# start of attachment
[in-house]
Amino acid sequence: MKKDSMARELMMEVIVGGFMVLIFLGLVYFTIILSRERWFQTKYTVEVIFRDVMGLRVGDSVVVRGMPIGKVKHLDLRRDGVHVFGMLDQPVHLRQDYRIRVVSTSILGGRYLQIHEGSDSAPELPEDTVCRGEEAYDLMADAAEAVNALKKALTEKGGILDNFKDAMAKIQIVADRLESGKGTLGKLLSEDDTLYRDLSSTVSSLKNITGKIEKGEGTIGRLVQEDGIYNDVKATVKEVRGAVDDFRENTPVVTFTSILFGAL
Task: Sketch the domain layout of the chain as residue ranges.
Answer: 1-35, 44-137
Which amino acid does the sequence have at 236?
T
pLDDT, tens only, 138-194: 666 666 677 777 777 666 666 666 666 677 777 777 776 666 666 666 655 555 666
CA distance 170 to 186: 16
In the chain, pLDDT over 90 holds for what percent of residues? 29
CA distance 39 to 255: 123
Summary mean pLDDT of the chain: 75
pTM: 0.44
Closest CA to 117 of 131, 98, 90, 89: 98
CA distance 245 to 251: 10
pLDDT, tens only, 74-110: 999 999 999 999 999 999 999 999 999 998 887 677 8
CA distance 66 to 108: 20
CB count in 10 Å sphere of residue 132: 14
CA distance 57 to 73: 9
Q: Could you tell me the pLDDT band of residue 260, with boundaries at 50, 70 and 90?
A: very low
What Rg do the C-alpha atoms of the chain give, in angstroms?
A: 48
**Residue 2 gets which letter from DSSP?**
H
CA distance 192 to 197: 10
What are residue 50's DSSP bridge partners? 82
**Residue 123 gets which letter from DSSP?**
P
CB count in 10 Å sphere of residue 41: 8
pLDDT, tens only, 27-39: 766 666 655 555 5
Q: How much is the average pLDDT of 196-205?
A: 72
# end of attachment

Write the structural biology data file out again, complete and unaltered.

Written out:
[in-house]
Amino acid sequence: MKKDSMARELMMEVIVGGFMVLIFLGLVYFTIILSRERWFQTKYTVEVIFRDVMGLRVGDSVVVRGMPIGKVKHLDLRRDGVHVFGMLDQPVHLRQDYRIRVVSTSILGGRYLQIHEGSDSAPELPEDTVCRGEEAYDLMADAAEAVNALKKALTEKGGILDNFKDAMAKIQIVADRLESGKGTLGKLLSEDDTLYRDLSSTVSSLKNITGKIEKGEGTIGRLVQEDGIYNDVKATVKEVRGAVDDFRENTPVVTFTSILFGAL
Task: Sketch the domain layout of the chain as residue ranges.
Answer: 1-35, 44-137
Which amino acid does the sequence have at 236?
T
pLDDT, tens only, 138-194: 666 666 677 777 777 666 666 666 666 677 777 777 776 666 666 666 655 555 666
CA distance 170 to 186: 16
In the chain, pLDDT over 90 holds for what percent of residues? 29
CA distance 39 to 255: 123
Summary mean pLDDT of the chain: 75
pTM: 0.44
Closest CA to 117 of 131, 98, 90, 89: 98
CA distance 245 to 251: 10
pLDDT, tens only, 74-110: 999 999 999 999 999 999 999 999 999 998 887 677 8
CA distance 66 to 108: 20
CB count in 10 Å sphere of residue 132: 14
CA distance 57 to 73: 9
Q: Could you tell me the pLDDT band of residue 260, with boundaries at 50, 70 and 90?
A: very low
What Rg do the C-alpha atoms of the chain give, in angstroms?
A: 48
**Residue 2 gets which letter from DSSP?**
H
CA distance 192 to 197: 10
What are residue 50's DSSP bridge partners? 82
**Residue 123 gets which letter from DSSP?**
P
CB count in 10 Å sphere of residue 41: 8
pLDDT, tens only, 27-39: 766 666 655 555 5
Q: How much is the average pLDDT of 196-205?
A: 72